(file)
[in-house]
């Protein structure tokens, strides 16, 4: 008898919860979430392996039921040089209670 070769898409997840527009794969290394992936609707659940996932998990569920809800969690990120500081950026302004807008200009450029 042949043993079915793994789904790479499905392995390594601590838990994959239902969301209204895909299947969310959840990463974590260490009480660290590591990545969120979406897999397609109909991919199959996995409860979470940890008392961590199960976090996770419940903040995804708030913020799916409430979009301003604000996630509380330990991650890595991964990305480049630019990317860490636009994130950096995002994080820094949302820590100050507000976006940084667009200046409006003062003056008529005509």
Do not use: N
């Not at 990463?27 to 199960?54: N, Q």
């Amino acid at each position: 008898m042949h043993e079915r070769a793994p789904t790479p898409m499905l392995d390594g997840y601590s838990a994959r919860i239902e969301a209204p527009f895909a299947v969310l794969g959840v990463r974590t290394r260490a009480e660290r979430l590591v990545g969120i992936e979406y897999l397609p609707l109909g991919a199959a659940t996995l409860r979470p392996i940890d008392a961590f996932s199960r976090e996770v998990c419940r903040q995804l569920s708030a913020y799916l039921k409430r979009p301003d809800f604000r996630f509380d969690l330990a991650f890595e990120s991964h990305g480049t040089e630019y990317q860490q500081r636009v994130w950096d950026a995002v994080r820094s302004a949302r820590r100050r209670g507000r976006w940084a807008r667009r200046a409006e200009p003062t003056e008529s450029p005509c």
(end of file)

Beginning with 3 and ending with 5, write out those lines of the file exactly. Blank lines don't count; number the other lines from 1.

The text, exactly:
Do not use: N
């Not at 990463?27 to 199960?54: N, Q």
């Amino acid at each position: 008898m042949h043993e079915r070769a793994p789904t790479p898409m499905l392995d390594g997840y601590s838990a994959r919860i239902e969301a209204p527009f895909a299947v969310l794969g959840v990463r974590t290394r260490a009480e660290r979430l590591v990545g969120i992936e979406y897999l397609p609707l109909g991919a199959a659940t996995l409860r979470p392996i940890d008392a961590f996932s199960r976090e996770v998990c419940r903040q995804l569920s708030a913020y799916l039921k409430r979009p301003d809800f604000r996630f509380d969690l330990a991650f890595e990120s991964h990305g480049t040089e630019y990317q860490q500081r636009v994130w950096d950026a995002v994080r820094s302004a949302r820590r100050r209670g507000r976006w940084a807008r667009r200046a409006e200009p003062t003056e008529s450029p005509c």